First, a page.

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Archive | December, 2017

Tropical depression in Philippine Sea remains poorly organized, rainfall threat for Philippines

Happy New Year!  We hope 2018 is good to you and your family.

JMA continues to list the area in the southern Philippine Sea as a tropical depression.  PAGASA and JTWC maintain 99W as a low pressure area, with the latter giving it a medium chance at developing into a tropical cyclone within 24 hours.

20171231 2100 99W METSAT.jpg

As the sun rises on 99W, we see convection remains widely scattered, lacking consolidation over the center of circulation.  Latest microwave pass indicates the low-level circulation remains broad and elongated with a few pockets of winds at 45 km/h.  Given the close proximity to the Philippines, little change in strength is expected over the next couple days.  I wouldn’t be surprised to see PAGASA and JTWC upgrade prior to landfall to a tropical depression–matching JMA’s analysis, but tropical storm status does not seem likely before landfall.  With it now being 2018, a tropical depression declared by PAGASA would name the system as Agaton.

Forecast track continues to move the cyclone across northern Mindanao before emerging in the Sulu Sea on Tuesday.  In the meantime, heavy rain will threaten Mindanao and the Visayas, with 24-hour rainfalls of 50-150 mm.  Flooding and landslides will be possible as 99W passes through.  Once it reaches the Sulu Sea, Palawan and interests across the Spratly Islands will have to monitor the storm as is should being developing at that point.  The consensus forecast has it developing into a tropical storm by mid-week in the South China Sea before threatening coastal Vietnam (likely staying off-shore) toward Thursday and Friday as the storm weakens.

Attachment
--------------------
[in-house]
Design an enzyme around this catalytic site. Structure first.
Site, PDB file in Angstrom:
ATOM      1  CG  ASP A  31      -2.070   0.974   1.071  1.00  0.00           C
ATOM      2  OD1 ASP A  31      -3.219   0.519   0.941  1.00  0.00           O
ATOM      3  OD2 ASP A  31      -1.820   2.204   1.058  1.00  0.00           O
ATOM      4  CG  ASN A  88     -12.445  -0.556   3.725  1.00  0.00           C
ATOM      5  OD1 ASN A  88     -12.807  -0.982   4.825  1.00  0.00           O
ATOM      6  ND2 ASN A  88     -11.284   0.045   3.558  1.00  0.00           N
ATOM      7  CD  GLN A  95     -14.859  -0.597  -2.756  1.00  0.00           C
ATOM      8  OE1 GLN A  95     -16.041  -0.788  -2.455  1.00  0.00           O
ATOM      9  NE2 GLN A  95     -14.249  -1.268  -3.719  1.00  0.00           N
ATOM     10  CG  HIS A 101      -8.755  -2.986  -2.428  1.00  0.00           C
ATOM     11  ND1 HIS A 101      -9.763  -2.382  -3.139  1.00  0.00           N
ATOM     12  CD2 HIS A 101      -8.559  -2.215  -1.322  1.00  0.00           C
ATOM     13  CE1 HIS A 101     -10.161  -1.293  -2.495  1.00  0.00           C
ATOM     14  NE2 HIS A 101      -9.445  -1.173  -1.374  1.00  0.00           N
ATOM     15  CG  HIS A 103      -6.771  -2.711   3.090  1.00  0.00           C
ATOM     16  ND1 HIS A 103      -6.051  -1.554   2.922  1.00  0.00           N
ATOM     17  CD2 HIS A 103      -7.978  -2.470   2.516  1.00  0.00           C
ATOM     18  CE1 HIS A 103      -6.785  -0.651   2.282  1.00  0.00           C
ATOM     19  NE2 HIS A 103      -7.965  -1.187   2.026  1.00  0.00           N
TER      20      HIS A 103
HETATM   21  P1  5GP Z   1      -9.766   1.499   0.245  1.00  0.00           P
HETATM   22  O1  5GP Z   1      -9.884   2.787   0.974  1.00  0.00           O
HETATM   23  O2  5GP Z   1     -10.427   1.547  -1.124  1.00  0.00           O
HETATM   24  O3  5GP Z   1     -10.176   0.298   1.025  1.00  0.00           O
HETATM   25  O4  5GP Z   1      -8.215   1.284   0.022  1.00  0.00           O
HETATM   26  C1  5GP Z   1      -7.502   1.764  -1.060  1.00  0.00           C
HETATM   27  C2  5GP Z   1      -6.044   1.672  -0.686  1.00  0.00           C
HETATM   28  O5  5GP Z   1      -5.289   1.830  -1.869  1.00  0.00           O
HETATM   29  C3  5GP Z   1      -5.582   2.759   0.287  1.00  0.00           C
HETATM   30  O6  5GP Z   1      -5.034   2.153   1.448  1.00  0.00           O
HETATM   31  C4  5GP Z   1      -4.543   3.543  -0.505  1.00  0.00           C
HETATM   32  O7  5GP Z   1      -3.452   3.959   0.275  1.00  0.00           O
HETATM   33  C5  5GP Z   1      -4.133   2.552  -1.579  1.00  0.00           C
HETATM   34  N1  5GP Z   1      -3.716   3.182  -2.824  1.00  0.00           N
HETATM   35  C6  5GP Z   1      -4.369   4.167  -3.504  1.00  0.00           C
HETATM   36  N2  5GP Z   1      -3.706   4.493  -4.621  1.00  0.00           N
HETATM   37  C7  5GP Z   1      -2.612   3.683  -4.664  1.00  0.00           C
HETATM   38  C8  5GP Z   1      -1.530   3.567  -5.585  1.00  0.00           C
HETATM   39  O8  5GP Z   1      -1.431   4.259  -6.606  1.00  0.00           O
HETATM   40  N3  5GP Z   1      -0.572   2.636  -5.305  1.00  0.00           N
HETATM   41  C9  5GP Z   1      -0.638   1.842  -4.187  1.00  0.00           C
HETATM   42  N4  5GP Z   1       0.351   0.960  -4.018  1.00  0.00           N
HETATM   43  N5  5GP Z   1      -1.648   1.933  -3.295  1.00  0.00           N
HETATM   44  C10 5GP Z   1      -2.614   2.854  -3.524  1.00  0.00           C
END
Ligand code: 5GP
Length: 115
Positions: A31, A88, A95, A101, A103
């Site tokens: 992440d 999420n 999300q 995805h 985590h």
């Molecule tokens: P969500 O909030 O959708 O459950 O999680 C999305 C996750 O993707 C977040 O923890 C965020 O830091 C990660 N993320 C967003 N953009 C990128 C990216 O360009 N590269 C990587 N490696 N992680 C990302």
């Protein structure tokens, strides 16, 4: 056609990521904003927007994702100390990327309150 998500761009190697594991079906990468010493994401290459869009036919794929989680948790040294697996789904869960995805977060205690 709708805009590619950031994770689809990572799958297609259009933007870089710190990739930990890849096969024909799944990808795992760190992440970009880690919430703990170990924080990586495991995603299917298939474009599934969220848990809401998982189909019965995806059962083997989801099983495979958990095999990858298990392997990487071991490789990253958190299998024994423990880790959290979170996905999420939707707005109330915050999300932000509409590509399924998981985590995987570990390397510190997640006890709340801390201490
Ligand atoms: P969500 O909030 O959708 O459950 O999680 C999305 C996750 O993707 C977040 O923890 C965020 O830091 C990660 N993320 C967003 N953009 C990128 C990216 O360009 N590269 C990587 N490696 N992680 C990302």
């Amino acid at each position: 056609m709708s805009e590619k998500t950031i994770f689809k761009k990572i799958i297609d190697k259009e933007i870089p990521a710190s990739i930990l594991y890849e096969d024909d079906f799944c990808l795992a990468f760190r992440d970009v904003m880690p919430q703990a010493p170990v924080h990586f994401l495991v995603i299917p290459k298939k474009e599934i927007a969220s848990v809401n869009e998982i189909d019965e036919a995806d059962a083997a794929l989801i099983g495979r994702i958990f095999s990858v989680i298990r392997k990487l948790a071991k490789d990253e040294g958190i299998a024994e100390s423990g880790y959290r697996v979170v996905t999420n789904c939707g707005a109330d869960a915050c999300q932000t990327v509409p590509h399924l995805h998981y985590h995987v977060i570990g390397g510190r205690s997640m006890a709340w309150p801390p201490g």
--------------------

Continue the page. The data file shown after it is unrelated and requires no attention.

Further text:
Mike Adcock
Meteorologist, Western Pacific Weather

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Tropical Depression forms in the Philippine Sea; expected to enter PAR tonight

At 0600 UTC (2 pm Philippine Time), JMA–the official Regional Specialized Meteorological Center for the Western Pacific–had upgraded the low pressure area (Invest 99W) into likely the final tropical depression of the 2017 season.

According to JMA, the tropical depression was located near 9°N 136°E or about 225 km northeast of Melekeok, Palau or about 1035 km east-southeast of Surigao City, Philippines.  It was moving toward the west slowly with a central pressure of 1004 hPa.

20171230 0900 99W METSAT

At this time, forecast products are not being issued by PAGASA or JTWC.  The depression should enter the Philippine Area of Responsibility (PAR) overnight.  Once it does and PAGASA recognizes it as a depression, it will gain the local name “Wilma”.  Should it become a tropical storm, the international name would be “Bolaven” which was contributed by Laos to recognize a plateau in Champasak province which holds a significant role in Laotian history.

A microwave imagery pass over 99W earlier today indicated that there was a closed 20171230 0050 99W ASCATcirculation, albeit elongated.  Winds across the depression were generally around 30-35 km/h with pockets up to 45 km/h in thunderstorms displaced well to the northeast of center.  At 0900 UTC, the pressure in Koror, Palau was down to 1007.2 hPa, providing some support to JMA’s analysis of the depression.  Interestingly, the 0600 UTC analysis from JTWC indicated the winds were 30 km/h with a pressure of 1010 hPa–both values too weak when compared to observed data.  None of the major agencies are issues Dvorak analyses at this time.